The Parrot
 

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The Parrot

(On Caterina Hooghstaet', 1657 by Rembrandt.)

 

Although I forswore lace and elaborate cuffs

and dress in black, I allow myself one vanity:

my gold ear-wires.  Tong-like, they pinch

my cheeks - so I have my punishment on earth.

 

You'll notice my tasselled collar and handkerchief.

Expelling snot into fingers is not for the genteel.

Don't listen to tattle.  I choose to live separately -

whatever my husband says.

 

He denounces me from the pulpit, saying I lavish

more care on my parakeet than the poor.  It's true.

I prefer his raucous squawk, to the ranting

of preachers and the tut-tutting of neighbours.

 

His tongue is black and evil as his heart.

He'll steal titbits then cackle to alert me.

Then he cocks his head and fixes me with

a bright eye.  It's no fun if he's not found out.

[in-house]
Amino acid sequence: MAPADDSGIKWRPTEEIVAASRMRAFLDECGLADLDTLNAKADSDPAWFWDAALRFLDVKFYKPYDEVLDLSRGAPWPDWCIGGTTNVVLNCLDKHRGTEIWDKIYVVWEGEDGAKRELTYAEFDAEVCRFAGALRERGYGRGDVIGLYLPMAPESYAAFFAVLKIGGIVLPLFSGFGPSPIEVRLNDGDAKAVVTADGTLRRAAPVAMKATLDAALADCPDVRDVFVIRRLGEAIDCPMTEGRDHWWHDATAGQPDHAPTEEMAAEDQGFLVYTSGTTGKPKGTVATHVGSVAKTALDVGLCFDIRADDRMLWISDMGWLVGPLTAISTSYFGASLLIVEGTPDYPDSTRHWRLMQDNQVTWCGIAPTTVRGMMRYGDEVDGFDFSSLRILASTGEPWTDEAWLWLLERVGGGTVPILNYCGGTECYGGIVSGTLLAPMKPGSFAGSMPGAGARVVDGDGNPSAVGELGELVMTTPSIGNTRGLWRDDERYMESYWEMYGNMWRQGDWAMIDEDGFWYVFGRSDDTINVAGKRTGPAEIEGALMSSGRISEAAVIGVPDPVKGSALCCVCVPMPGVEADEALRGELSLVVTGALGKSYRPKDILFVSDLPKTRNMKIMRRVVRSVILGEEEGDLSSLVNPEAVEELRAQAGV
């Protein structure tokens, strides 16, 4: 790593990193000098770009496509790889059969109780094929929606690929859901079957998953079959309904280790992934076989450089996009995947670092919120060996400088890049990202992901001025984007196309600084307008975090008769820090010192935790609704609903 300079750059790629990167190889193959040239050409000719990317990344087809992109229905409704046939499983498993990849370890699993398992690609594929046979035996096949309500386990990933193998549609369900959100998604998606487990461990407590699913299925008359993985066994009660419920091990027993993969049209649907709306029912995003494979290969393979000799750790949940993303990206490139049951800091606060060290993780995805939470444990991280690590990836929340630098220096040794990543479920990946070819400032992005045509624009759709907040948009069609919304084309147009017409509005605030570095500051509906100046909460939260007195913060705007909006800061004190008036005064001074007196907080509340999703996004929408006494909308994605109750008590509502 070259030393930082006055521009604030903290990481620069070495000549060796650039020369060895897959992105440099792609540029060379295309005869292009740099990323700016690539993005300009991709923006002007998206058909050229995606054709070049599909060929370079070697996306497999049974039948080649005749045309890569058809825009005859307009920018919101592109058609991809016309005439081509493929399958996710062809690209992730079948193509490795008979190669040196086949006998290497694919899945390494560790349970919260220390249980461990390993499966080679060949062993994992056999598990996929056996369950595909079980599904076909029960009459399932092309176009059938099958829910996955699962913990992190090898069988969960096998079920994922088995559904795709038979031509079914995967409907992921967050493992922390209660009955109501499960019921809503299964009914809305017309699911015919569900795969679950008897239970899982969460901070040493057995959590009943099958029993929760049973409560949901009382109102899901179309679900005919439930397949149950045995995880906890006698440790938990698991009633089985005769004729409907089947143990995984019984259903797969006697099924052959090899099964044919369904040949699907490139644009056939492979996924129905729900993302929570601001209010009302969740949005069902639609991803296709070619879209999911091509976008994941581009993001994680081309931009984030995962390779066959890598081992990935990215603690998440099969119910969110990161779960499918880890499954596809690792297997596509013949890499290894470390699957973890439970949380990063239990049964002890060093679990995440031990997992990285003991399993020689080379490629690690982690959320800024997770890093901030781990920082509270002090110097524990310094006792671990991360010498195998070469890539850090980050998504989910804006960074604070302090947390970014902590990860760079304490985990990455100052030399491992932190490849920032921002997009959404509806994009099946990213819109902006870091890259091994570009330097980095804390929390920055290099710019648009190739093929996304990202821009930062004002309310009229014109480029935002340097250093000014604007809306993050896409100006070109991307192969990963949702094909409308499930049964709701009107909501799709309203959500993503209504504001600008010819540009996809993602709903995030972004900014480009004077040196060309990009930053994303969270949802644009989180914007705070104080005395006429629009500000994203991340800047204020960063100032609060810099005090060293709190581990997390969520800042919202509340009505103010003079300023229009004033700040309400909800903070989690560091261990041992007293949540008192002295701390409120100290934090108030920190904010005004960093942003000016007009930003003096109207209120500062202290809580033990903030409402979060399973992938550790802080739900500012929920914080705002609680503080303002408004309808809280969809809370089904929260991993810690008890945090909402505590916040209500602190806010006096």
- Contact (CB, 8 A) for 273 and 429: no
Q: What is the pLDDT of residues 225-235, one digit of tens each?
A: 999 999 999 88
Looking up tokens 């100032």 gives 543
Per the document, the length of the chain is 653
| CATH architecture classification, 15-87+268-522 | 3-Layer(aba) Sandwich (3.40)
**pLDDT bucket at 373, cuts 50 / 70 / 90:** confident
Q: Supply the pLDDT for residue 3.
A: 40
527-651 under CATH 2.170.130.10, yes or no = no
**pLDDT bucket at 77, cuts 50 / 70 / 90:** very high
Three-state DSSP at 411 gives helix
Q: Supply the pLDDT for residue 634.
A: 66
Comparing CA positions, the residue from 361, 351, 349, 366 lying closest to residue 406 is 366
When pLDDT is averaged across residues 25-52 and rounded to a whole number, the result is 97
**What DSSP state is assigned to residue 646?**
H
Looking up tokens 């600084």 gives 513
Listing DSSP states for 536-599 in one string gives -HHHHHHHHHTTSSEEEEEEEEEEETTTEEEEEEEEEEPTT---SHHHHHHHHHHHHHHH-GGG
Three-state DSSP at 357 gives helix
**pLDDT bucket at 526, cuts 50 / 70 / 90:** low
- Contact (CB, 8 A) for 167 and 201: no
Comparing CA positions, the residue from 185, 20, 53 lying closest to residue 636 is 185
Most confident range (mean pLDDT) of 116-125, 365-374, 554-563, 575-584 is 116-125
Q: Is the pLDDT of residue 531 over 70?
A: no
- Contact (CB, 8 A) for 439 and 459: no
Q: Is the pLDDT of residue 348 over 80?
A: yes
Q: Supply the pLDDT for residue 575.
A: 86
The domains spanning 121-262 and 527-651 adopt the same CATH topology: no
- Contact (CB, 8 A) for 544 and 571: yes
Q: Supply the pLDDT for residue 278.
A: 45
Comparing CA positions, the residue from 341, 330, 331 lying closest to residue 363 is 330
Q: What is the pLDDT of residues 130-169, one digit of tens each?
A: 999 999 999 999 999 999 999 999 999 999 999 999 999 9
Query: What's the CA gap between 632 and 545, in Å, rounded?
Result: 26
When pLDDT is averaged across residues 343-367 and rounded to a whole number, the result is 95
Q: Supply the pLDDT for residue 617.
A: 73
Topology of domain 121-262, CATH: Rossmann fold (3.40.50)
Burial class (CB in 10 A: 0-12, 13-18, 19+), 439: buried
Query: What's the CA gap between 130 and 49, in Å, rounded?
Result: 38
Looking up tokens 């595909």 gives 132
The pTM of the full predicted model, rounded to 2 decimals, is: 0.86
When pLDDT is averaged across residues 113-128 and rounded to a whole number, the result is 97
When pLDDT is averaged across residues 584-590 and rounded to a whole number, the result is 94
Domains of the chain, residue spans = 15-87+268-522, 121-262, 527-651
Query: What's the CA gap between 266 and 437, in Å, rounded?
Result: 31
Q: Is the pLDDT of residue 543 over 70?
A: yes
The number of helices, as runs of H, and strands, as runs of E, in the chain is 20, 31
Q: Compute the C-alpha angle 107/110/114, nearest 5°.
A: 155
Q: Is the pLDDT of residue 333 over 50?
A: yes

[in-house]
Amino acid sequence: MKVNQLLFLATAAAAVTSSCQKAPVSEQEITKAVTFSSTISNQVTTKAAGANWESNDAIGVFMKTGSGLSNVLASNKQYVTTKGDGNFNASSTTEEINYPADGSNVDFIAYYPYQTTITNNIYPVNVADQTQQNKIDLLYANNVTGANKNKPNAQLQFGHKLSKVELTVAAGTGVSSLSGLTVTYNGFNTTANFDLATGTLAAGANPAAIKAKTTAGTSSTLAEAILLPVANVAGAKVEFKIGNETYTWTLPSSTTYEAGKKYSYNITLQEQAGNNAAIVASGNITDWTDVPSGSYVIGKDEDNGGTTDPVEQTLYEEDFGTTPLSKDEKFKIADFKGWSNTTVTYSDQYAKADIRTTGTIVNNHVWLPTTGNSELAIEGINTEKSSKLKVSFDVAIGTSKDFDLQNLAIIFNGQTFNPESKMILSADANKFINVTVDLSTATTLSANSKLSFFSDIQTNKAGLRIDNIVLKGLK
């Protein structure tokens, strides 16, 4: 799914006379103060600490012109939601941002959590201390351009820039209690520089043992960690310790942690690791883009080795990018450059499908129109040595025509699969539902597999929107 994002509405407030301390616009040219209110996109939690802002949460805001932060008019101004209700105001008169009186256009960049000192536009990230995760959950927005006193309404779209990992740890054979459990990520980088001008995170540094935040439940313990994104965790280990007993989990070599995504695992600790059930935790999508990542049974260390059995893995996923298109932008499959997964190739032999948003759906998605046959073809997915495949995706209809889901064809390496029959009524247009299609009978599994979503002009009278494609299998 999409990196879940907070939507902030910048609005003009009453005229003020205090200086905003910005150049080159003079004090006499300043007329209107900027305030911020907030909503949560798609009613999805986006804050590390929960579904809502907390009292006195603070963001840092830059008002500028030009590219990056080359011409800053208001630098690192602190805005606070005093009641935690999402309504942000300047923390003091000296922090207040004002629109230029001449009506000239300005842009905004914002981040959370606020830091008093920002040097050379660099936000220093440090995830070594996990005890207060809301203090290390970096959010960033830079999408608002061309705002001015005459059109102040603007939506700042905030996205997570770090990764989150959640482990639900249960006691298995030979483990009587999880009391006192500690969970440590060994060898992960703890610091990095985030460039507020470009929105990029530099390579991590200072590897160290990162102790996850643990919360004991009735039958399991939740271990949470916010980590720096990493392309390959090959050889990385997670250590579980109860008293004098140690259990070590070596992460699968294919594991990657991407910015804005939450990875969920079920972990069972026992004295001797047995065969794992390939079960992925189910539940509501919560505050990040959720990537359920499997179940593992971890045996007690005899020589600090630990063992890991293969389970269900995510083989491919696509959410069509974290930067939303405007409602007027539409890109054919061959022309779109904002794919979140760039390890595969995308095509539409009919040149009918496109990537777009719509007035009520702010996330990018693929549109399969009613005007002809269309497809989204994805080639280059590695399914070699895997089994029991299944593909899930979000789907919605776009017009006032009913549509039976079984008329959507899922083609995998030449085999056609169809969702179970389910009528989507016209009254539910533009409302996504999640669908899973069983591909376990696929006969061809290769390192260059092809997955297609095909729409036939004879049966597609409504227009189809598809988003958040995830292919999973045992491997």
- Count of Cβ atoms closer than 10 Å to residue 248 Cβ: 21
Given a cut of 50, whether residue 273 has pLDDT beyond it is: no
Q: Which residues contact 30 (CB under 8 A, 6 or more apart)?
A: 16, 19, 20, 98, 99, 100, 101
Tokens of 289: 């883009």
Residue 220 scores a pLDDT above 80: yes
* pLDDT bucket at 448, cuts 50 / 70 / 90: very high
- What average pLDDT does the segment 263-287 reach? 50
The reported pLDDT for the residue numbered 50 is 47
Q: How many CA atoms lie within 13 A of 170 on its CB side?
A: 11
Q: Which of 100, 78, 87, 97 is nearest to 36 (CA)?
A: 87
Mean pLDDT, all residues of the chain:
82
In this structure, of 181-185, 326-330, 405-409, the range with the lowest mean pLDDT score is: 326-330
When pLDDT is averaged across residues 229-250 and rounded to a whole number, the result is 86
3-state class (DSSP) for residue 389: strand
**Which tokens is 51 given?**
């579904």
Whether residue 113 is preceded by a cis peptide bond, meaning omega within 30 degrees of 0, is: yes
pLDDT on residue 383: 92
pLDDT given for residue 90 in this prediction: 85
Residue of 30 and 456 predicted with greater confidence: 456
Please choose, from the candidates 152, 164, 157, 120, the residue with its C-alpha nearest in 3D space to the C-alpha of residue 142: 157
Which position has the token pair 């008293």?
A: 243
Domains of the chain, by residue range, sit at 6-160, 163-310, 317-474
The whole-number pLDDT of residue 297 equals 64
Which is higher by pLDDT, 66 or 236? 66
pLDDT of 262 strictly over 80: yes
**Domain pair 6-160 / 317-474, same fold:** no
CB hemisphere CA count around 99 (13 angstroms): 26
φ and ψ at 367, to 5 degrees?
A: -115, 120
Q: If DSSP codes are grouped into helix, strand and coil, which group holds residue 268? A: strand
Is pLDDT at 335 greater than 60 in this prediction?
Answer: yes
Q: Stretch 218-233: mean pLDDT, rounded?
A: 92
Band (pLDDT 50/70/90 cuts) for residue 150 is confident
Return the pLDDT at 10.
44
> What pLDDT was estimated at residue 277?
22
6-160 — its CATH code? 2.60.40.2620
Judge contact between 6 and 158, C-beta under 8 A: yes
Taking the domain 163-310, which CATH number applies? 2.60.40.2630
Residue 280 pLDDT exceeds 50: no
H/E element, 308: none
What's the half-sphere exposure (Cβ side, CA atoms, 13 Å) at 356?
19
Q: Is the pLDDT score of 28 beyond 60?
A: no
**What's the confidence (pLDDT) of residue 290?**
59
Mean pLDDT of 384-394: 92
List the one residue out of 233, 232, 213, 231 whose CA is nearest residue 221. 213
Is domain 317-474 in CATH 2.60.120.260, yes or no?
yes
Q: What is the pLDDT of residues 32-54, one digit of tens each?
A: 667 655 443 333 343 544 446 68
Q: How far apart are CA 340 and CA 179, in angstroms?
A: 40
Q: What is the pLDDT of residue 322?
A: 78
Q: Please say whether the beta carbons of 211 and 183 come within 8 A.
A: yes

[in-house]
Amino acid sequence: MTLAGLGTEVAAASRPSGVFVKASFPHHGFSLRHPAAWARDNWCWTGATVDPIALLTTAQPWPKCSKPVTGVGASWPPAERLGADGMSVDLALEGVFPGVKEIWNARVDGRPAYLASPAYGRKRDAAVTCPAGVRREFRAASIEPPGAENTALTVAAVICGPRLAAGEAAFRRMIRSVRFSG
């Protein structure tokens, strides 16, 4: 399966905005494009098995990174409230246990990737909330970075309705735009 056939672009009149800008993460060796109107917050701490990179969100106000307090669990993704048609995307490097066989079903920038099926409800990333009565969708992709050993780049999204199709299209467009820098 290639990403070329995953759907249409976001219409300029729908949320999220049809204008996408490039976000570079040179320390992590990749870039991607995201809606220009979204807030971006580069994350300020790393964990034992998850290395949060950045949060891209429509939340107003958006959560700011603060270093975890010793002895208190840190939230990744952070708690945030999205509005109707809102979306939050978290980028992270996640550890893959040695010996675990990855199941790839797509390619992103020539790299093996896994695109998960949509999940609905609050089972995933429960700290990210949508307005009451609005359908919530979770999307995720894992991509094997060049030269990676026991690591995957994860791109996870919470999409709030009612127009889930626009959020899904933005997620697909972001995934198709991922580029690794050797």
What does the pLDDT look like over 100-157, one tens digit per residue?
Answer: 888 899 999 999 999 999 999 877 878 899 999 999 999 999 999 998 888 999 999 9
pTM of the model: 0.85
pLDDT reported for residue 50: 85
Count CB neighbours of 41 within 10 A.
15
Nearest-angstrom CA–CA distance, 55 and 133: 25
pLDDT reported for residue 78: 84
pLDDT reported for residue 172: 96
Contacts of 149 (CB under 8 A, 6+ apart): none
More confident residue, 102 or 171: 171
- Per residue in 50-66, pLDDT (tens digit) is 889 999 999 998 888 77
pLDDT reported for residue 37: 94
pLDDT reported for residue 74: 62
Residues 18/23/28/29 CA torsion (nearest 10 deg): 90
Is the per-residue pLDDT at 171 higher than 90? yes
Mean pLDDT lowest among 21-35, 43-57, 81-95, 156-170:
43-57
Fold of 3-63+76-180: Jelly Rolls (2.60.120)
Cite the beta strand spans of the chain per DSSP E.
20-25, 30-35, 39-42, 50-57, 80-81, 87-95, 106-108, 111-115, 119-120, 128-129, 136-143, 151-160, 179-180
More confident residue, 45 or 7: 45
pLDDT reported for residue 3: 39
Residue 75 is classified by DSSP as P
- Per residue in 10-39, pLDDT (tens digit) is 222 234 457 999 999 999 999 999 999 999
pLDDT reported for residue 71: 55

He's fussy and preens in a flurry of dust.

Then his gnarled feet dance to a military two-step.

He's a dapper old gent, a reprobate.

Yes, he nips my fingers, but tenderly.

 

So, childless, I bequeath this portrait of myself

and my parrot, to you, my three-year old nephew,

who may otherwise not remember me,

so that you know you come from rebellious stock

 

and when you are older and weighed down

with Must Do's, Ought To's and Should's,

remember your aunt and her irreverent parrot.

Give a squawk.  Flutter a few feathers.

(Published in 'The Knuckle End' anthology (Freight, 2004)